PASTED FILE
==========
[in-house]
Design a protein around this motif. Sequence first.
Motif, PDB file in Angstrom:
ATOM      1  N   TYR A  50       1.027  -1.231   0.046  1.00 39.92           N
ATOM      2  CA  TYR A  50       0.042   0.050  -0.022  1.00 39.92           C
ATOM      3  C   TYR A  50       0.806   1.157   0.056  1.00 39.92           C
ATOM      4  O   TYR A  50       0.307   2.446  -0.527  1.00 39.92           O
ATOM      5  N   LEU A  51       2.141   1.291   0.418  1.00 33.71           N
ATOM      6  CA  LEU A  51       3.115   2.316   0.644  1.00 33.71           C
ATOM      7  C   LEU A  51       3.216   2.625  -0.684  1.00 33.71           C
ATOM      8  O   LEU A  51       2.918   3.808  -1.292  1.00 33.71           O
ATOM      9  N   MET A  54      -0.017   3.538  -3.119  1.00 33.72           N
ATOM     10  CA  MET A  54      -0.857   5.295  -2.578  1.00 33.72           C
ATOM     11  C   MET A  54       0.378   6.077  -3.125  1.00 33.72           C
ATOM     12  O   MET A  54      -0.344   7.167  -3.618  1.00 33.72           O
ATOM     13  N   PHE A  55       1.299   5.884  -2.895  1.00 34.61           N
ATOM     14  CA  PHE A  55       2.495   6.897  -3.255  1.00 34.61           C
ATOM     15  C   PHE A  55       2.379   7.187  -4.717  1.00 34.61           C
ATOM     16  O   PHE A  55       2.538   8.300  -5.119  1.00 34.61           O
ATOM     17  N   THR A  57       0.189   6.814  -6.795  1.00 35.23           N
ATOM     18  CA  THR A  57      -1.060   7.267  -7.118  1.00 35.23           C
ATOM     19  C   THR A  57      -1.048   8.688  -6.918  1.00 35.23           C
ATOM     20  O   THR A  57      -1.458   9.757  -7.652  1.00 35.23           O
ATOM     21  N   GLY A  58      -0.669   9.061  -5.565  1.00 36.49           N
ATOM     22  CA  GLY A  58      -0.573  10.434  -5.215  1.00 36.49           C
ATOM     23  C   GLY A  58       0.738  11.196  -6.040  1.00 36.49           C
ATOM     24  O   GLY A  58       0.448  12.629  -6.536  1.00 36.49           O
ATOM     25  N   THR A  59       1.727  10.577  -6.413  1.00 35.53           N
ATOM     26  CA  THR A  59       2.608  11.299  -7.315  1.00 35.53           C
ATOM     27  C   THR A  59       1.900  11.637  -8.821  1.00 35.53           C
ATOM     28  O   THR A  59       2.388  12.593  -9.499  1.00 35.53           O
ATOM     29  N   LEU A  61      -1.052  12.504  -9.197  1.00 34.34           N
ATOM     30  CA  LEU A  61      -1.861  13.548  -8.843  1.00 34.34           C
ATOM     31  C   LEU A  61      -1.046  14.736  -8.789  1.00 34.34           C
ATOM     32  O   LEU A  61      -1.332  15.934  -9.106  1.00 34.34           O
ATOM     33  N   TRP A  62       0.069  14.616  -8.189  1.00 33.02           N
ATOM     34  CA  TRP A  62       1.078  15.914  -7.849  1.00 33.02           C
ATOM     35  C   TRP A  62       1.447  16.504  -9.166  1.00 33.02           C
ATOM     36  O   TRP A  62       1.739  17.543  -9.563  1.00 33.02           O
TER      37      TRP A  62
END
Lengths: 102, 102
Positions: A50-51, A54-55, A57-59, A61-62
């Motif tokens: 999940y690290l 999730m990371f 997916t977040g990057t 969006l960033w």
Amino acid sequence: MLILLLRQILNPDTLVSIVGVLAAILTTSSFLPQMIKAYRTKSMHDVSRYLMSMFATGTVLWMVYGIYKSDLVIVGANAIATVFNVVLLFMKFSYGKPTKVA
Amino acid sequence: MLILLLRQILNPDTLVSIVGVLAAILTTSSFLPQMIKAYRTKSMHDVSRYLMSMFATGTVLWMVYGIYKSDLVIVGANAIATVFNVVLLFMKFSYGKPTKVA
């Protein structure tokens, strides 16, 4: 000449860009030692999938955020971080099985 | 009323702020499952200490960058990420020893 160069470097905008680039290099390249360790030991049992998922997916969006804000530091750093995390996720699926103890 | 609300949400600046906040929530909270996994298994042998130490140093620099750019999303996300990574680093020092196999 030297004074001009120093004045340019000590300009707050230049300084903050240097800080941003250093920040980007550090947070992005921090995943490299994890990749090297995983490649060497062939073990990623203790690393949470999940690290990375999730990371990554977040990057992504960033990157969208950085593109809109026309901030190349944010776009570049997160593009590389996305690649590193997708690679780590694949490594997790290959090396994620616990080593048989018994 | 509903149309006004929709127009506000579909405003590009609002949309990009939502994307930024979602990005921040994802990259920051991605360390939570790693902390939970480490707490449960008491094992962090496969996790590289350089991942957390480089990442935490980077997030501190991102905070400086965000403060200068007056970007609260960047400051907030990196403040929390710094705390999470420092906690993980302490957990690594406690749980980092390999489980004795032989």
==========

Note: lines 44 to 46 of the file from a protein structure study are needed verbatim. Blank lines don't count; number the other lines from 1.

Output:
């Motif tokens: 999940y690290l 999730m990371f 997916t977040g990057t 969006l960033w």
Amino acid sequence: MLILLLRQILNPDTLVSIVGVLAAILTTSSFLPQMIKAYRTKSMHDVSRYLMSMFATGTVLWMVYGIYKSDLVIVGANAIATVFNVVLLFMKFSYGKPTKVA
Amino acid sequence: MLILLLRQILNPDTLVSIVGVLAAILTTSSFLPQMIKAYRTKSMHDVSRYLMSMFATGTVLWMVYGIYKSDLVIVGANAIATVFNVVLLFMKFSYGKPTKVA